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Feds Reportedly Searched Home of Jeffrey Clark, the DOJ Lawyer at Center of Trump’s Last-Ditch Bid to Overturn Election

Jeffrey Clark

Acting Assistant U.S. Attorney General Jeffrey Clark speaks next to Deputy U.S. Attorney General Jeffrey Rosen at a news conference on Oct. 21.

One day before the ex-Justice Department official was set to take prominent focus in a Jan. 6th Committee hearing, Donald Trump’s former DOJ civil division chief and key election conspiracy theorist Jeffrey Clark’s home was reportedly searched by the FBI.

According to CNN, federal law enforcement searched Clark’s Virginia home on Wednesday.

Clark is expected to take prominent focus in the Jan. 6th Committee’s hearing into Trump’s efforts to subvert the Justice Department to validate his false election fraud theories. The Senate Judiciary Committee’s Chair Dick Durbin (D-Ill.) branded Clark “Trump’s Big Lie Lawyer,” and the committee’s scathing report referred him to the D.C. Bar for an investigation into his “compliance with applicable rules of professional conduct.”

An environmental lawyer, Clark has no experience as a criminal attorney, but Trump reportedly wanted to install him to fill the void left by Attorney General Bill Barr, who called Trump’s theories “bullshit.” Jeffrey Rosen took over as acting attorney general following Barr’s resignation.

The Washington Post reported that the effort to install Clark failed after top Justice Department officials warned that the move would spark “mass resignations.”

The man who reportedly gave that warning, ex-Acting Deputy Attorney General Richard Donoghue, is one of the Jan. 6th Committee’s witnesses for Thursday’s hearing.

Another anticipated witness—Steven Engel, the former Assistant Attorney General for the Office of Legal Counsel—also reportedly threatened to resign.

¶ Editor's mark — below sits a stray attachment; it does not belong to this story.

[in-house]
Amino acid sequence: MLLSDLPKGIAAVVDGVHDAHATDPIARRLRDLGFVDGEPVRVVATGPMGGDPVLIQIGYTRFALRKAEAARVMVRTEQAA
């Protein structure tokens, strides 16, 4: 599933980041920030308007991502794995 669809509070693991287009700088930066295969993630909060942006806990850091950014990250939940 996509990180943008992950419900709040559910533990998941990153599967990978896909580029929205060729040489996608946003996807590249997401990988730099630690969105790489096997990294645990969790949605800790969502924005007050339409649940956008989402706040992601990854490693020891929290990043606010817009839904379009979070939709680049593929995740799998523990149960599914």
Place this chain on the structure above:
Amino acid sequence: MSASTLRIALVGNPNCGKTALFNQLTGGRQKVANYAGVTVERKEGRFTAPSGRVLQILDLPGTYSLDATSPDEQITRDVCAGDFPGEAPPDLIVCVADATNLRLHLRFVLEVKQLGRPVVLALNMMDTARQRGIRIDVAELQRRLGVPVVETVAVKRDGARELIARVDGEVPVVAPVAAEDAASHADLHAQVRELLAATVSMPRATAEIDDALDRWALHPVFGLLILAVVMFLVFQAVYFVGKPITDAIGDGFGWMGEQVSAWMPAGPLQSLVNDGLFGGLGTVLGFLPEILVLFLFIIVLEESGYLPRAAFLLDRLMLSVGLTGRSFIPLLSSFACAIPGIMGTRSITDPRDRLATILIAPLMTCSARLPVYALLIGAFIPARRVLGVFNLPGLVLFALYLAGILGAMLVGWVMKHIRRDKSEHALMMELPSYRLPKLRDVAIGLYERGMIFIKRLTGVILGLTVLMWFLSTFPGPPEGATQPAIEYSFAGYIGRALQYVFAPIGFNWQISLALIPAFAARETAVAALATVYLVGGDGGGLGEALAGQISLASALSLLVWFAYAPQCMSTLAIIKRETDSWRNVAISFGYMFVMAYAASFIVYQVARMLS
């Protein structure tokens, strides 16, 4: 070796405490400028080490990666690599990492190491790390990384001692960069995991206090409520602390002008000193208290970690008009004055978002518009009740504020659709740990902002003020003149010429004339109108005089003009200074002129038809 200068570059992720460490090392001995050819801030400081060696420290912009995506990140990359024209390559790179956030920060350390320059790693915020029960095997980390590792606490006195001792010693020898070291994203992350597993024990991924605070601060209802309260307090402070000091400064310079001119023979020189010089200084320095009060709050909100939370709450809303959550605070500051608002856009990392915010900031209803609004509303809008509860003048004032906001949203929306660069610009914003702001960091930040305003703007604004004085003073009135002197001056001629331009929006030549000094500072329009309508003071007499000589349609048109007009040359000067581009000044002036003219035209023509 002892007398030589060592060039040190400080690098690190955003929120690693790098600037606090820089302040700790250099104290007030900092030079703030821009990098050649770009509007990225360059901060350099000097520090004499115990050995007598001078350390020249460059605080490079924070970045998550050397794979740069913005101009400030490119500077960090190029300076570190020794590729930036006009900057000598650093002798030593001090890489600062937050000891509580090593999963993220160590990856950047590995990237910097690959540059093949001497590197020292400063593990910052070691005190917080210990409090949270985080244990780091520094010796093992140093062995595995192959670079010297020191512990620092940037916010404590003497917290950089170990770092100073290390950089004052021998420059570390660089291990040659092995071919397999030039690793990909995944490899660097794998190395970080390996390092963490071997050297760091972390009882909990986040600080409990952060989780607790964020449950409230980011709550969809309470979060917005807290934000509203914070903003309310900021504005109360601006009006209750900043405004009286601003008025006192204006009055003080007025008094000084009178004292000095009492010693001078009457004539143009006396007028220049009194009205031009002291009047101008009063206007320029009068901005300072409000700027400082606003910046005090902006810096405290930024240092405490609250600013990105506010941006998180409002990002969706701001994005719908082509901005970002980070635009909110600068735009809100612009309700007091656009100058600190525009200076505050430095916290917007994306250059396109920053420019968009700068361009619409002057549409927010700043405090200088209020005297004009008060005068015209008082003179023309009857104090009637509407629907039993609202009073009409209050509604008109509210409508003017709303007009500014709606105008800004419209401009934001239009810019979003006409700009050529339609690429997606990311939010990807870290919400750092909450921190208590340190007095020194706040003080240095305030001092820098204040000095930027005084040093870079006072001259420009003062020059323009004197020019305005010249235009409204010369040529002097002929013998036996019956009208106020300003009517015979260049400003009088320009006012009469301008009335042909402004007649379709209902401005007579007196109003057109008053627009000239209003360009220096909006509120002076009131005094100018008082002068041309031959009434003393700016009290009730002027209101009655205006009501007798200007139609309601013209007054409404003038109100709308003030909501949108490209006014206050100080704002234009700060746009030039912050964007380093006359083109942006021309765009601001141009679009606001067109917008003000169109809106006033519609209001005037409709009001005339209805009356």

The FBI did not immediately respond to Law&Crime’s press inquiry. The U.S. Attorney’s Office for the District of Columbia only confirmed that there was “law enforcement activity in the Lorton area yesterday.” Clark’s home is in Lorton, Va.

Clark’s attorney did not respond to Law&Crime’s press inquiry but The New York Times reported that the president of Center for Renewing America—a pro-Trump group stacked with his ex-administration officials, including Clark as a senior fellow—claimed the probe was political.

““This is not America, folks,” the group’s leader Russ Vought reportedly said. “The weaponization of government must end.”

The Times has reported that at least nine people have received subpoenas in connection with a fake-electors investigation. The recipients reportedly included Kelli Ward, the chairwoman of the Arizona Republican Party, and her husband, Michael.

During the Jan. 6 Committee’s fifth hearing on Thursday afternoon, three ex-high ranking Justice Department officials—Rosen, Donoghue and Steven Engel, the former Assistant Attorney General for the Office of Legal Counsel—testified that they threatened to resign if Trump installed Clark as attorney general.

Trump’s ex-White House counsel Eric Herschmann testified that he told Clark his first act as AG would be “committing a felony” and violating rules governing grand jury secrecy.

(Photo by Yuri Gripas-Pool/Getty Images)

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Law&Crime's managing editor Adam Klasfeld has spent more than a decade on the legal beat. Previously a reporter for Courthouse News, he has appeared as a guest on NewsNation, NBC, MSNBC, CBS's "Inside Edition," BBC, NPR, PBS, Sky News, and other networks. His reporting on the trial of Ghislaine Maxwell was featured on the Starz and Channel 4 documentary "Who Is Ghislaine Maxwell?" He is the host of Law&Crime podcast "Objections: with Adam Klasfeld."